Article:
Nurse Roake Wins Educational Services Professional of the Year


Emma Spoonauer, Staff Writer

Our own school nurse, Irene Roake, has received the Educational Services Professional of the Year Award.

Nurse Roake’s training began at Trenton State College. She eventually earned her nursing license in 1982 and began working at FTHS as the school nurse in September of 1998.

The jobs Mrs. Roake fulfills here at our school include administering and maintaining medications, performing health assessments and screenings, communicating with healthcare providers, therapists, parents, and staff, managing students’ continuing health needs for field trips or sports, and providing data for the Nursing Service Plan to the Monmouth County Superintendent’s Office.

Overall, she has alleviated an abundance of stressful situations involving students and staff throughout the years working as our school nurse, and is truly worthy of this award. To get to know our own school nurse even better, we decided to interview her about her position.


What is your favorite part of your job?

The students and interacting with them.


Did you ever think you would become a school nurse when you were younger?

No, I always thought I would be in a hospital setting. It all started when my daughter was in kindergarten and she had been sick in the nurse’s office. When the nurse explained the whole procedure, I explained that I was a nurse and I understood. Then, my daughter’s school nurse asked if I was interested in being a substitute, but I told her I didn’t have my certification. I found out, though, that you didn’t need the certification to be a sub. That’s how I started – in my daughter’s school – and I eventually got the certification to become a school nurse.


What is some advice you’d give to someone looking to become a school nurse?

I would say it’s good to have a little bit of experience in a hospital first and to go to a really good school so you understand the laws and responsibilities. Then, just to have a love of students and a love of what you do. Because when you’re working in a school, there’s no medical team as if you’re in a hospital; you’re relying on your own judgment, or if you have a co-worker like Mrs. Orgo, you can bounce ideas off of each other. But there are times when you’re the only nurse so you have to be confident in your medical background.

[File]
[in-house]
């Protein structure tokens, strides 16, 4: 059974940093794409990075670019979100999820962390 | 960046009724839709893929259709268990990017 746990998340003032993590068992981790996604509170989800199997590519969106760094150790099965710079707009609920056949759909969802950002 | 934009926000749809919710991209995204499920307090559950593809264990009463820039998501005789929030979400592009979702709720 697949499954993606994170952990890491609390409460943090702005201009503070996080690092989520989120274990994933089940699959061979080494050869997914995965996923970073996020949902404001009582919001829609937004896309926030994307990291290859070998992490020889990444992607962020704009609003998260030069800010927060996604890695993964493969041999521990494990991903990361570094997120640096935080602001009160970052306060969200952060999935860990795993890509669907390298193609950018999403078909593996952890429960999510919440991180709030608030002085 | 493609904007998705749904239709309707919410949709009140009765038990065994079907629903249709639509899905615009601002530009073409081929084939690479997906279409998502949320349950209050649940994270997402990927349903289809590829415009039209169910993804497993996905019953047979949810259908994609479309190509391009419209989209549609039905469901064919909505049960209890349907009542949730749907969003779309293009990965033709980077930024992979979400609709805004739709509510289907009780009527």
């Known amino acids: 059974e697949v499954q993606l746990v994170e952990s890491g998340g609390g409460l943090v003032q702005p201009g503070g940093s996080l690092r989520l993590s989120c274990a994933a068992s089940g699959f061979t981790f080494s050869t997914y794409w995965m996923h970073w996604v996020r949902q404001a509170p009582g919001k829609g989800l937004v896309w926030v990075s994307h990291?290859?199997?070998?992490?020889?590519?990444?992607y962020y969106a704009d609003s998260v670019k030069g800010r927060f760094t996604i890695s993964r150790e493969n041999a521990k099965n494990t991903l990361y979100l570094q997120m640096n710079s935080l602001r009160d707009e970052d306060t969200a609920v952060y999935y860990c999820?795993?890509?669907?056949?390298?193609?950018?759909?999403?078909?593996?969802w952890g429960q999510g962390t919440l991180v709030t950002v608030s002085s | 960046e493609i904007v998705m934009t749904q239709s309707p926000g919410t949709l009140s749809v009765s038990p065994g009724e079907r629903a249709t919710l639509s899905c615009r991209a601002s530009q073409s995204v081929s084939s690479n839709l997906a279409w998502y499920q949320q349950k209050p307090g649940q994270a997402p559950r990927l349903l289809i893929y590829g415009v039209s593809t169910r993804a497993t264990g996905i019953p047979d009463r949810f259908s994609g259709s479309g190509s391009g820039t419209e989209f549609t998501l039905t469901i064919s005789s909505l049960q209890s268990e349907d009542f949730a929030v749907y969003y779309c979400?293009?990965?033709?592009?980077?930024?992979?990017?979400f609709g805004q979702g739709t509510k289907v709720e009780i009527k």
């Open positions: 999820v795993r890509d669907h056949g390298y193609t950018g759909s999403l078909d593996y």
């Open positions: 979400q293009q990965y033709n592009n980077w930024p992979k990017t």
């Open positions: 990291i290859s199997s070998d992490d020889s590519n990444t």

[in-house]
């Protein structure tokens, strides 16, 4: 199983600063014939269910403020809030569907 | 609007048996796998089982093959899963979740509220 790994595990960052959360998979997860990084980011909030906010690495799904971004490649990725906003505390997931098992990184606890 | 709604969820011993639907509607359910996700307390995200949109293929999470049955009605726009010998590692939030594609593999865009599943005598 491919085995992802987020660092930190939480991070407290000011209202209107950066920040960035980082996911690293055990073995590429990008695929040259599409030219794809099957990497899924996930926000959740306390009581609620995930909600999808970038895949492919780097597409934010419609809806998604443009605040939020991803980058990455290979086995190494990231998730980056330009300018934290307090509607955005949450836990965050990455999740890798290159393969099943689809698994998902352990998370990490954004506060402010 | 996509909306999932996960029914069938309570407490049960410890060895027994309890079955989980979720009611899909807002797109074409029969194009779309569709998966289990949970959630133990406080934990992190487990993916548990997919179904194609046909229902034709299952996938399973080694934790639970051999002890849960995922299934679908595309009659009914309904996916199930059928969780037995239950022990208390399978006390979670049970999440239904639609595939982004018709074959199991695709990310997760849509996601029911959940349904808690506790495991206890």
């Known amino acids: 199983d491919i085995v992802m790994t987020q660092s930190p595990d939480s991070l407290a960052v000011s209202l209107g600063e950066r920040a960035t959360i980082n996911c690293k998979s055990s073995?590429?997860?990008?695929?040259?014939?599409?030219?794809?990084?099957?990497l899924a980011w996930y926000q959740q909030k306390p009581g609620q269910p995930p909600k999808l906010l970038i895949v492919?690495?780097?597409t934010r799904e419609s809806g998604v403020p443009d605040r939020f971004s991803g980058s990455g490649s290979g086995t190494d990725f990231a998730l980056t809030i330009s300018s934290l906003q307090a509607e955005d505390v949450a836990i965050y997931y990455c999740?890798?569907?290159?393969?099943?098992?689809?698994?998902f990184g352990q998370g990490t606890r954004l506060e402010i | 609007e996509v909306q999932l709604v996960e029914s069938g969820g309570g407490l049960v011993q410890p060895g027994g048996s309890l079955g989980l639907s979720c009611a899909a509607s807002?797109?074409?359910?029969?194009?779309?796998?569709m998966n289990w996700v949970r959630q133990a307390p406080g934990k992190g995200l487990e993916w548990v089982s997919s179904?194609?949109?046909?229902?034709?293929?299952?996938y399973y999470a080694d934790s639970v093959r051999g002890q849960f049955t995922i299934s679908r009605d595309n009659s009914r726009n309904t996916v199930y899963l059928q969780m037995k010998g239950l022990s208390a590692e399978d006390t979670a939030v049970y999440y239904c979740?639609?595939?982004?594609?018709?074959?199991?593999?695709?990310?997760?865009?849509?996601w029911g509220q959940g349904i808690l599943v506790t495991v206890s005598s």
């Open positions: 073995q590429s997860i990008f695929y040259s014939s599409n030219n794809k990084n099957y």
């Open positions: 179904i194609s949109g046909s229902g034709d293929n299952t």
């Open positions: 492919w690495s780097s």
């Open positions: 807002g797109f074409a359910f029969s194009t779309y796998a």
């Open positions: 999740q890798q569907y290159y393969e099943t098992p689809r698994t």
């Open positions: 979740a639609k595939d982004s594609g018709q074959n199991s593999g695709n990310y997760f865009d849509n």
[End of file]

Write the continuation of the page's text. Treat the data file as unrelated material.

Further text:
What is the most challenging part of your job?

Sports physicals and making sure they get done on time! No, well that and making sure students that require medications have it, making sure orders are in on time, things like that. Especially students with severe allergies with the Epipens, students with asthma, students with diabetes -there are always students that we really worry over the top with. Students with seizure disorders and other medical needs can sometimes that could be most concerning because you always want to make sure things are going well with them, and you’re making sure if that they are in need you’re able to help them.


What do you wish you would have known before becoming a school nurse?

I was lucky that I went in with my eyes open, because I did substitute for a little bit before I actually decided to pursue becoming a school nurse and get my certification. So, I don’t think that I came in disillusioned. I think the biggest thing sometimes is the requirements the states want to put on the school nurses are not realistic. I guess that would be my biggest eye-opener. Some of the requirements they have don’t take into consideration what it’s like working as a school nurse and working in a school building.